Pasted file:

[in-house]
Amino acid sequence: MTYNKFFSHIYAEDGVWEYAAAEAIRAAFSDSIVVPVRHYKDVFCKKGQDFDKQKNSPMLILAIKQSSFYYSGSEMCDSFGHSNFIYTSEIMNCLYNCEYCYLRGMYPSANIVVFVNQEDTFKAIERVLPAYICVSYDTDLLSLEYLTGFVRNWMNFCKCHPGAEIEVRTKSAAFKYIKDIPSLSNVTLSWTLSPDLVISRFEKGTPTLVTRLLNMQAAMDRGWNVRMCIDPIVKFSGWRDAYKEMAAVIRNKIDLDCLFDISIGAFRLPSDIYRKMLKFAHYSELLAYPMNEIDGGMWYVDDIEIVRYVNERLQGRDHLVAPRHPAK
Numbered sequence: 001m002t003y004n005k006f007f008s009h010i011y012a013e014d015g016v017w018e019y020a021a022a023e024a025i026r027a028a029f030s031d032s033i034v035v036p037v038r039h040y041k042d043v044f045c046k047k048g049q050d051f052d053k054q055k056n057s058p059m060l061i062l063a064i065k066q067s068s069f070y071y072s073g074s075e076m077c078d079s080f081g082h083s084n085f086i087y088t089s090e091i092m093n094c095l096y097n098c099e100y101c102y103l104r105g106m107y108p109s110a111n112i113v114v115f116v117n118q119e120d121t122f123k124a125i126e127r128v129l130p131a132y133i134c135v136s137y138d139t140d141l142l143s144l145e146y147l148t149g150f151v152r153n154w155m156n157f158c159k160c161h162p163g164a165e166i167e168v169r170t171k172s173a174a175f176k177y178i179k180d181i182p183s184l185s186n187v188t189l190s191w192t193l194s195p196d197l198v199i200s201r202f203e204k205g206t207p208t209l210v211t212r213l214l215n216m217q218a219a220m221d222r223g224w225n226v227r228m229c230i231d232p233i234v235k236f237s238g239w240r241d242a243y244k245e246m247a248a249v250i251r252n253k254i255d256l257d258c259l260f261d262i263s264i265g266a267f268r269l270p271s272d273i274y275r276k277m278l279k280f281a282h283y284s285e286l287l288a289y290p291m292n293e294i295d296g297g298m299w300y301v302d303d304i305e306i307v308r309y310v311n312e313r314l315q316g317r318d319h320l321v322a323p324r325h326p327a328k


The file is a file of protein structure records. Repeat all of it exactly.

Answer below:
[in-house]
Amino acid sequence: MTYNKFFSHIYAEDGVWEYAAAEAIRAAFSDSIVVPVRHYKDVFCKKGQDFDKQKNSPMLILAIKQSSFYYSGSEMCDSFGHSNFIYTSEIMNCLYNCEYCYLRGMYPSANIVVFVNQEDTFKAIERVLPAYICVSYDTDLLSLEYLTGFVRNWMNFCKCHPGAEIEVRTKSAAFKYIKDIPSLSNVTLSWTLSPDLVISRFEKGTPTLVTRLLNMQAAMDRGWNVRMCIDPIVKFSGWRDAYKEMAAVIRNKIDLDCLFDISIGAFRLPSDIYRKMLKFAHYSELLAYPMNEIDGGMWYVDDIEIVRYVNERLQGRDHLVAPRHPAK
Numbered sequence: 001m002t003y004n005k006f007f008s009h010i011y012a013e014d015g016v017w018e019y020a021a022a023e024a025i026r027a028a029f030s031d032s033i034v035v036p037v038r039h040y041k042d043v044f045c046k047k048g049q050d051f052d053k054q055k056n057s058p059m060l061i062l063a064i065k066q067s068s069f070y071y072s073g074s075e076m077c078d079s080f081g082h083s084n085f086i087y088t089s090e091i092m093n094c095l096y097n098c099e100y101c102y103l104r105g106m107y108p109s110a111n112i113v114v115f116v117n118q119e120d121t122f123k124a125i126e127r128v129l130p131a132y133i134c135v136s137y138d139t140d141l142l143s144l145e146y147l148t149g150f151v152r153n154w155m156n157f158c159k160c161h162p163g164a165e166i167e168v169r170t171k172s173a174a175f176k177y178i179k180d181i182p183s184l185s186n187v188t189l190s191w192t193l194s195p196d197l198v199i200s201r202f203e204k205g206t207p208t209l210v211t212r213l214l215n216m217q218a219a220m221d222r223g224w225n226v227r228m229c230i231d232p233i234v235k236f237s238g239w240r241d242a243y244k245e246m247a248a249v250i251r252n253k254i255d256l257d258c259l260f261d262i263s264i265g266a267f268r269l270p271s272d273i274y275r276k277m278l279k280f281a282h283y284s285e286l287l288a289y290p291m292n293e294i295d296g297g298m299w300y301v302d303d304i305e306i307v308r309y310v311n312e313r314l315q316g317r318d319h320l321v322a323p324r325h326p327a328k